By Tiffany Markman, copywriter, editor and mom to an almost-three-year-old, who tries to balance her workaholism with cuddles, books, caffeine & reining in her intrinsic kugelry. Follow her on twitter.
It was with no small measure of trepidation that I rsvp’ed for Dr John Demartini’s talk on achieving financial freedom.
For one thing, it was in the evening – ruling out my involvement, after a long day’s work, in bath-time and bed-time. For another, Demartini looks exactly like one of those twangy Texan quacks motivational speakers who are always being caricatured in TV comedies. And for a third, I anticipated a roomful of Joburg’s financial down-and-outs – hardly scintillating sunset company.
Turns out I have a thing or two to learn about financial independence. Turns out Demartini is Texan and twangy, but not what I expected. And – yes – events after 6pm are shit if there isn’t wine. (There wasn’t.)
But because I’m a good person, I’m going to share with you the 10 key things I learned about creating a financial legacy for my daughter:
1. When we think about the kind of money that would give us the kind of lifestyle we dream of, we don’t think in real numbers. We fantasise. Which explains why less than 1% of people in the world achieve financial independence.
2. Financial freedom is only possible when your passive income (money that comes in without any effort from you) exceeds your active income (money you work to earn). What those numbers are, obviously, depends on you.
3. Real goals have a higher probability of being achieved. So if you apply a concrete figure to your net worth (assets minus liabilities), and then deduct that figure from the Rand amount you’d need (considering interest and inflation) to exceed your active income, you have something to work with. A ‘magic number’, if you will. (Mine’s so big it makes me weak to think of it.)
4. Forget the lottery: 78% of lottery winners meet a really nasty end.
5. Inflation is a real bastard – but he’s a bastard you’d better get to know and understand. According to the Law of 72, the cost of living doubles every 9 years. If you don’t factor that into your planning, you’re stuffed. (Demartini used another, more colourful word, which I’ll refrain from repeating here.)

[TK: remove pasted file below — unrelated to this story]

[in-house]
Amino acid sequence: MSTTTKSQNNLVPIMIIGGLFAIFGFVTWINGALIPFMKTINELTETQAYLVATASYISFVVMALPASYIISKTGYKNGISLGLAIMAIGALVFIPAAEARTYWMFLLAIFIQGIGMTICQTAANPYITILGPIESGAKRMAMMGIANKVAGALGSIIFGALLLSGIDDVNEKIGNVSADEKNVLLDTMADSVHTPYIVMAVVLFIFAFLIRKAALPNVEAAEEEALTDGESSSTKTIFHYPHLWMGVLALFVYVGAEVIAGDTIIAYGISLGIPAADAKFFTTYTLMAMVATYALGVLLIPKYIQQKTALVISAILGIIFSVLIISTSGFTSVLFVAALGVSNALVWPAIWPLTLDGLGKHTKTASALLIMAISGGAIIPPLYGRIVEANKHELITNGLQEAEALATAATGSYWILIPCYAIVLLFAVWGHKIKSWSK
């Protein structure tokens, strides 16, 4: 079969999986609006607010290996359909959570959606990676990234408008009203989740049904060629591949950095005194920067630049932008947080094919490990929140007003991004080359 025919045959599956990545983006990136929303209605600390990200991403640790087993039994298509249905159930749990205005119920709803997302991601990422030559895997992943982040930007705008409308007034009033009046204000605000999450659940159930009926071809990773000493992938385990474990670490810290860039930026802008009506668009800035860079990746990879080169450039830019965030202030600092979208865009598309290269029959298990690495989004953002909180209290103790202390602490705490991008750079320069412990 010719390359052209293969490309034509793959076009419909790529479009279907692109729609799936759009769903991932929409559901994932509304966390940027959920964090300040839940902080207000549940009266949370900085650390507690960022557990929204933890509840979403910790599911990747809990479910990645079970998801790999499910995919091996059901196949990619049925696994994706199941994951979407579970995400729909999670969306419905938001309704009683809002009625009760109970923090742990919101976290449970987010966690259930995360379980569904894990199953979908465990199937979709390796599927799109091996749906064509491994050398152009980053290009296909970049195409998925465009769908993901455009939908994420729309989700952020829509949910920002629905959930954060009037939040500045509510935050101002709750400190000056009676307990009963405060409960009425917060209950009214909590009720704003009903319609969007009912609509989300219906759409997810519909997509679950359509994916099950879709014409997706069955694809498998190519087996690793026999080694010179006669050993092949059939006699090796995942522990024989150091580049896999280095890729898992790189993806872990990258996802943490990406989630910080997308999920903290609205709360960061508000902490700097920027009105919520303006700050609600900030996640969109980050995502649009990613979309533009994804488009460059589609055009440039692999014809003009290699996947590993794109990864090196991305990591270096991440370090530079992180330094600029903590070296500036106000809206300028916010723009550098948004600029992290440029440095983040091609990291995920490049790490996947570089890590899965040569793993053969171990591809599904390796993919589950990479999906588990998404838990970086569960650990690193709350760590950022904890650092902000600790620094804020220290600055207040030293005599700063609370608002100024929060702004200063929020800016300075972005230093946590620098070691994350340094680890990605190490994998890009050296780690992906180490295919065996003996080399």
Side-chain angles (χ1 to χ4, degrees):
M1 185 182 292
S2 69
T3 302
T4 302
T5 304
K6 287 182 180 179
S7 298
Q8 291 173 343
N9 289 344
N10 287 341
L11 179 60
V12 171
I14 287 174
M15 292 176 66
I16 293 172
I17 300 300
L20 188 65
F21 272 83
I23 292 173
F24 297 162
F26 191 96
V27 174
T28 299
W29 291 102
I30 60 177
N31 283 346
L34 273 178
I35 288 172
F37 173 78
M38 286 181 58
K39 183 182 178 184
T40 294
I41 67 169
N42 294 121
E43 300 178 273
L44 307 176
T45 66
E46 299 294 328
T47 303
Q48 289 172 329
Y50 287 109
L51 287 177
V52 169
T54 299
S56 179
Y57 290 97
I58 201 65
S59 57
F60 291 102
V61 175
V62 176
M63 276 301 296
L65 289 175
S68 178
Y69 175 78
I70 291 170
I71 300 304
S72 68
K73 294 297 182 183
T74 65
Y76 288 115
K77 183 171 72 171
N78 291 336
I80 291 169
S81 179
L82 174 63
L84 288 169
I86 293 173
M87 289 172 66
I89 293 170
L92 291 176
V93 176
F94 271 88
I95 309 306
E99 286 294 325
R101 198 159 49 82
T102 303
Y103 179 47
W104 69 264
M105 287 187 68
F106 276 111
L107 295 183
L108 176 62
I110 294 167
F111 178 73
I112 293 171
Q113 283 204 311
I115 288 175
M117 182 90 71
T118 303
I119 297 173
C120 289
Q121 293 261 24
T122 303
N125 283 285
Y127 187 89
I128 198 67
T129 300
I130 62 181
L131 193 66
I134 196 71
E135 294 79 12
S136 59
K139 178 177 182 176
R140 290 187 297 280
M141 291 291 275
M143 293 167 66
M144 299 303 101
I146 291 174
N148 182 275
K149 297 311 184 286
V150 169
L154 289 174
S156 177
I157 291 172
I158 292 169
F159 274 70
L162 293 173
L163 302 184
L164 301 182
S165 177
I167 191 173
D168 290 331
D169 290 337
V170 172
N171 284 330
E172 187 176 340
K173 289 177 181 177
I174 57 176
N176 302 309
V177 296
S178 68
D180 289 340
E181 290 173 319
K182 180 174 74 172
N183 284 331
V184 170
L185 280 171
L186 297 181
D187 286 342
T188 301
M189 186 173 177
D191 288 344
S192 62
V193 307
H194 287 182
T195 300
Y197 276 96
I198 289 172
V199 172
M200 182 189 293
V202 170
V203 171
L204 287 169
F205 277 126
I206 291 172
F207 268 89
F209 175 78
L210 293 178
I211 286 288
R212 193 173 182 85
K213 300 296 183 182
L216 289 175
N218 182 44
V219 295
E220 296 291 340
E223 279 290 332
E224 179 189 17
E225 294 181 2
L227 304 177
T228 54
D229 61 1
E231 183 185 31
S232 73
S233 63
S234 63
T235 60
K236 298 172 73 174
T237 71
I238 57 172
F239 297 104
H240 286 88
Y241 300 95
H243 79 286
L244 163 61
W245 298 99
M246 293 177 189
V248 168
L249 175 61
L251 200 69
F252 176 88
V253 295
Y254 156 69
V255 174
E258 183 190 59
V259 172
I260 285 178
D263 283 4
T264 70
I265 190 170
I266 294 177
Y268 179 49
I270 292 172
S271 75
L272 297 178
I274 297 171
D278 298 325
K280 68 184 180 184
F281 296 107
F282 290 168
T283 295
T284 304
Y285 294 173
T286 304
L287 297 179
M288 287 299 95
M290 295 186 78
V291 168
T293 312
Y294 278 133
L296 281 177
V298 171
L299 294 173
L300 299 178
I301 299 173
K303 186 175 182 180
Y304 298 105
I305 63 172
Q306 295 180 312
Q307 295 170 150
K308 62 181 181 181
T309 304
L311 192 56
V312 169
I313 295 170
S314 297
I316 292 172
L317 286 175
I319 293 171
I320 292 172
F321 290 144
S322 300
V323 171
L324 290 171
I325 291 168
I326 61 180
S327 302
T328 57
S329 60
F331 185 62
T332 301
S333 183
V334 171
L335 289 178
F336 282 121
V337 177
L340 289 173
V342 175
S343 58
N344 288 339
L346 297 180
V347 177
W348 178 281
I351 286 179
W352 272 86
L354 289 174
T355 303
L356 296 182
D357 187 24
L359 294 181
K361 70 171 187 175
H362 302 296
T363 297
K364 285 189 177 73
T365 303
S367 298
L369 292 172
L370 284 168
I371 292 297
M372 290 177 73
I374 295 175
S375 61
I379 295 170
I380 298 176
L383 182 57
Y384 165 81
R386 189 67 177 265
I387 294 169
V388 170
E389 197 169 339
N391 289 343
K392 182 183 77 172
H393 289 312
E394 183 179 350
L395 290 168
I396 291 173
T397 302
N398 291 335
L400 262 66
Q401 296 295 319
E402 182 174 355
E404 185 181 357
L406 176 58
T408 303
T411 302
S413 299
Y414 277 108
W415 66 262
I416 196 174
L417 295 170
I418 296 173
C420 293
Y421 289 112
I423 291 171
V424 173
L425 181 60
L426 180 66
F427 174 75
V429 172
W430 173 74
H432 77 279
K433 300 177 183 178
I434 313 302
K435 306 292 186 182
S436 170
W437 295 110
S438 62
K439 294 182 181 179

6. Never borrow money to buy anything that costs you more than it generates.
7. The reason the rich get richer is that money goes where it’s appreciated and respected. So if you’re serious about generating wealth, read everything you can, talk to people who are knowledgeable and study the tricks and techniques of the successfully rich. This self-study is a full-time hobby. Note: I promised myself, as a first step, that I’d tidy my wallet. I haven’t done so yet.
8. Save more than you think you can afford, and add 10% to that every month or, at least, every three months. Forever. Demartini says that every time you increase your savings, your income expands to accommodate it. (The habit of saving is actually more important than how much you save – but you still need to up the amount regularly to make that ‘liquid cash cushion’ grow.)
As an aside: Demartini calls this the FAST: Forced Accelerated Saving Technique. Which is only one of a litany of incredibly cheesy phrases he uses to make varied points: ‘make stressings into blessings’; ‘turn your piggy bank into a biggie bank’; and so on. At first I was skeptical, but the man is American – so let’s excuse him his trite little homilies and look to the substance, shall we?
9. Once your cushion is sufficiently large (Demartini recommends six months worth of income in liquid cash), it’s time to invest. But don’t necessarily run straight to the experts with your moolla. Educate yourself instead.
10. And once you’re in the market, stay there long enough to leverage the ‘mean’ – i.e. the average that applies over the long term, irrespective of ups and downs. Demartini says that, if you do this, ‘You’ll be rewarded by the habit, not by being a genius.’ And I guess he would know since, if he’s to be believed, he has exceptional homes all over the world, millions upon millions of dollars and a rep for having cracked his magic number in his 30s.
So, there you have it folks. My version of what I understood from Dr D last night. Use it; don’t use it. But whatever you do, remember this little adage: ‘If you live in a fantasy world financially, you’re in for a nightmare.’ Is this guy metaphorical or what?